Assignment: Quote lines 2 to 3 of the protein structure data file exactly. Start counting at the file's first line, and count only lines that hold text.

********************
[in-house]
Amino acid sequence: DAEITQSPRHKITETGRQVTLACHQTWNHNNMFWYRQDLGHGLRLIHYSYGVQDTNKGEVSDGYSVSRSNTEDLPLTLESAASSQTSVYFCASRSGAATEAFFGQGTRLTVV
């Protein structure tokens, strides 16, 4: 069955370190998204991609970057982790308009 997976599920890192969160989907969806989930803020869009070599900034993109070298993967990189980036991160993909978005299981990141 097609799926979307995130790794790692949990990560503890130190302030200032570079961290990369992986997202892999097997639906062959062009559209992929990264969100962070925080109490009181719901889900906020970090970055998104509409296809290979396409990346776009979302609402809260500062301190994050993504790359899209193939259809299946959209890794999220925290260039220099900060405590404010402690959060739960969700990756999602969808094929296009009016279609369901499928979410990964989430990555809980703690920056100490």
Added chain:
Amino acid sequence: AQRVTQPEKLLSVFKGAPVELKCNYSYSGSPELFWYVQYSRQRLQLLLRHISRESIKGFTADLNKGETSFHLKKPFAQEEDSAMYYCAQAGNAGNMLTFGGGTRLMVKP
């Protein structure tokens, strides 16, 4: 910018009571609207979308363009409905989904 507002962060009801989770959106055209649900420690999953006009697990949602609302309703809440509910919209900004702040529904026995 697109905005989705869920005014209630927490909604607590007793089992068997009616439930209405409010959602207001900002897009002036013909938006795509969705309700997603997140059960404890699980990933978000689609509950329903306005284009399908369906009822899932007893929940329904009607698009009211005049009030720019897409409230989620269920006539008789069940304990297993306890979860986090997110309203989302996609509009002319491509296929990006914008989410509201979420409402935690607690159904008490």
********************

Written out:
Amino acid sequence: DAEITQSPRHKITETGRQVTLACHQTWNHNNMFWYRQDLGHGLRLIHYSYGVQDTNKGEVSDGYSVSRSNTEDLPLTLESAASSQTSVYFCASRSGAATEAFFGQGTRLTVV
């Protein structure tokens, strides 16, 4: 069955370190998204991609970057982790308009 997976599920890192969160989907969806989930803020869009070599900034993109070298993967990189980036991160993909978005299981990141 097609799926979307995130790794790692949990990560503890130190302030200032570079961290990369992986997202892999097997639906062959062009559209992929990264969100962070925080109490009181719901889900906020970090970055998104509409296809290979396409990346776009979302609402809260500062301190994050993504790359899209193939259809299946959209890794999220925290260039220099900060405590404010402690959060739960969700990756999602969808094929296009009016279609369901499928979410990964989430990555809980703690920056100490």